Suggs, George G(raham), Jr. 1929-
SUGGS, George G(raham), Jr. 1929-
Born October 17, 1929, in Bladenboro, NC; son of George Graham and Carrie Melissa (Edwards) Suggs; married Helen Virginia Kindall (a teacher), May 15, 1954; children: George Owen, Ellen Suzanne Suggs Mortimer, Regina Beth Suggs McKay, Lorrie Melissa Suggs Edwards. Ethnicity: "Caucasian." Education: Attended Wake Forest College (now University), 1947-49; University of Colorado—Boulder, B.A., 1955, M.A., 1957, Ph.D., 1964; also attended Northwestern University, 1959-60, and Brown University, 1980-81. Politics: Democrat. Religion: Methodist. Hobbies and other interests: Reading, travel, fishing.
Home—2537 Tulip Lane, Cape Girardeau, MO 63701. E-mail—[email protected]
Worked as a high school history teacher in Whiteville and Charlotte, NC, 1949-61; Southeast Missouri State University, Cape Girardeau, assistant professor, 1964-67, associate professor, 1967-69, professor of history, 1969-95, professor emeritus, 1995—. Military service: U.S. Air Force, 1951-53.
Fellow of John Hay Whitney Foundation, 1959-60, and National Endowment for the Humanities, 1980-81; "best book" award, Missouri Conference on History, 1986, for Union Busting in the Tri-State: The Oklahoma, Kansas, and Missouri Metal Workers' Strike of 1935; "best article" award, State Historical Society of Missouri, 1993, for "Child Labor in the Tiff Mines of Washington County, Missouri."
Colorado's War on Militant Unionism: James H. Peabody and the Western Federation of Miners, Wayne State University Press (Detroit, MI), 1972, reprinted, University of Oklahoma Press (Norman, OK), 1991.
(Editor) Perspectives on the American Revolution: A Bicentennial Contribution, Southern Illinois University Press (Carbondale, IL), 1977.
Union Busting in the Tri-State: The Oklahoma, Kansas, and Missouri Metal Workers' Strike of 1935, University of Oklahoma Press (Norman, OK), 1986.
Water Mills of the Missouri Ozarks, illustrated by Jake Wells, University of Oklahoma Press (Norman, OK), 1990.
"My World Is Gone:" Memories of Life in a Southern Cotton Mill Town, Wayne State University Press (Detroit, MI), 2002.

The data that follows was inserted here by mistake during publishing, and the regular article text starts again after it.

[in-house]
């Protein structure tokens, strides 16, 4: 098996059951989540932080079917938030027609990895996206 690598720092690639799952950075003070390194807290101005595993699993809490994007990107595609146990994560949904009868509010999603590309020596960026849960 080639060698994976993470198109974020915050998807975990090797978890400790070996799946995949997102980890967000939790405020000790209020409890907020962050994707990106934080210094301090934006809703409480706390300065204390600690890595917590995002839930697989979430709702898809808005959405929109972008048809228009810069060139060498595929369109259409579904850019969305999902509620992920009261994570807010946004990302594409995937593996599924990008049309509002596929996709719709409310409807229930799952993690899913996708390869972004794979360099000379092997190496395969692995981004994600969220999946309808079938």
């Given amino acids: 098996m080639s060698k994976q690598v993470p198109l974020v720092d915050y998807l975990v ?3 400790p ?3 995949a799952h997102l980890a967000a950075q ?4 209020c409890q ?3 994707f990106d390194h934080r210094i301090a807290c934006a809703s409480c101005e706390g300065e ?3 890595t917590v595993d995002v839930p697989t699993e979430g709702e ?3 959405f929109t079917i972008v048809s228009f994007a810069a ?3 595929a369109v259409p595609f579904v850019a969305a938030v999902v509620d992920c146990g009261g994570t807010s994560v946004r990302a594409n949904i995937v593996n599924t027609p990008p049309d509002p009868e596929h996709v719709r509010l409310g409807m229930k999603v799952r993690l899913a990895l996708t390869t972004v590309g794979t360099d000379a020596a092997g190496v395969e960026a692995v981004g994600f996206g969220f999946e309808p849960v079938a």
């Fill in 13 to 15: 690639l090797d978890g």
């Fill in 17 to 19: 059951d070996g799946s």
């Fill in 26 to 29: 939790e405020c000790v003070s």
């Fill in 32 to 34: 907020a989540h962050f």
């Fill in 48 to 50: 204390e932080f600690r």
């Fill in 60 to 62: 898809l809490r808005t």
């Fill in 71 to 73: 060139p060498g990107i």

(Interviewer and editor) Rush Hudson Limbaugh and His Times: Reflections on a Life Well Lived, Southeast Missouri State University Press (Cape Girardeau, MO), 2003.
Contributor of articles and reviews to journals, including Missouri Historical Review, Labor History, Western Historical Quarterly, Journal of the West, Colorado, and Missouri Life.
WORK IN PROGRESS:
Two novels, Shady Grove and Talking to the Dead and Other Tales.
George G. Suggs, Jr., told CA: "I have always had an interest in writing, an interest that was enhanced by undergraduate and graduate courses at Wake Forest University and the University of Colorado—Boulder. At the latter institution, graduate study in history consisted principally of research seminars that required written papers. There necessity joined interest as a motivator. Furthermore, the graduate faculty (for example, Robert Athearn and Hal Bridges) then strongly encouraged students to publish, pointing out that it was the principal means of advancement into an institution of one's choice and also necessary if one wished to become a professional historian. Most of my fellow graduate students in history at the University of Colorado learned that lesson well.
"Having come from a working-class background, my professional interests naturally turned toward labor history, a relatively new field at the time. While in graduate school, in seminar papers and dissertation I explored the emergence of the Western Federation of Miners and its labor troubles in Colorado's mining camps during the late nineteenth and early twentieth century, studies that culminated in a book in 1972. Later, my research focused on the labor troubles during the mid-1930s between the International Union of Mine, Mill, and Smelter Workers Union and mining companies in the tri-state region of Oklahoma, Kansas, and Missouri, an area that for a while produced much of the world's lead and zinc. This resulted in another book published in 1986. More recently, my interests shifted to the textile workers of the 1930s and 1940s who lived and labored in the small southern town where I grew up. Consequently, I published another book concerning life among these workers in 2002. I suppose it was because my father worked in the mills that this became the principal inspiration for my publications in labor history."
BIOGRAPHICAL AND CRITICAL SOURCES:
American Historical Review, December, 1987, review of Union Busting in the Tri-State: The Oklahoma, Kansas, and Missouri Metal Workers' Strike of 1935, p. 1296.
Business History Review, winter, 1987, review of Union Busting in the Tri-State, p. 633.
Choice, March, 1987, review of Union Busting in the Tri-State, p. 1142.
Historian, November, 1989, review of Union Busting in the Tri-State, p. 133.
History: Reviews of New Books, January, 1987, review of Union Busting in the Tri-State, p. 71.
Journal of American History, June, 1987, review of Union Busting in the Tri-State, p. 214.
Journal of Economic History, September, 1987, review of Union Busting in the Tri-State, p. 846.
Journal of Southern History, February, 1988, review of Union Busting in the Tri-State, p. 134.
Southwest Review, spring, 1987, review of Union Busting in the Tri-State, p. 272.
University Press Book News, March, 1991, review of Water Mills of the Missouri Ozarks, p. 47.
Western Historical Quarterly, October, 1987, review of Union Busting in the Tri-State, p. 466.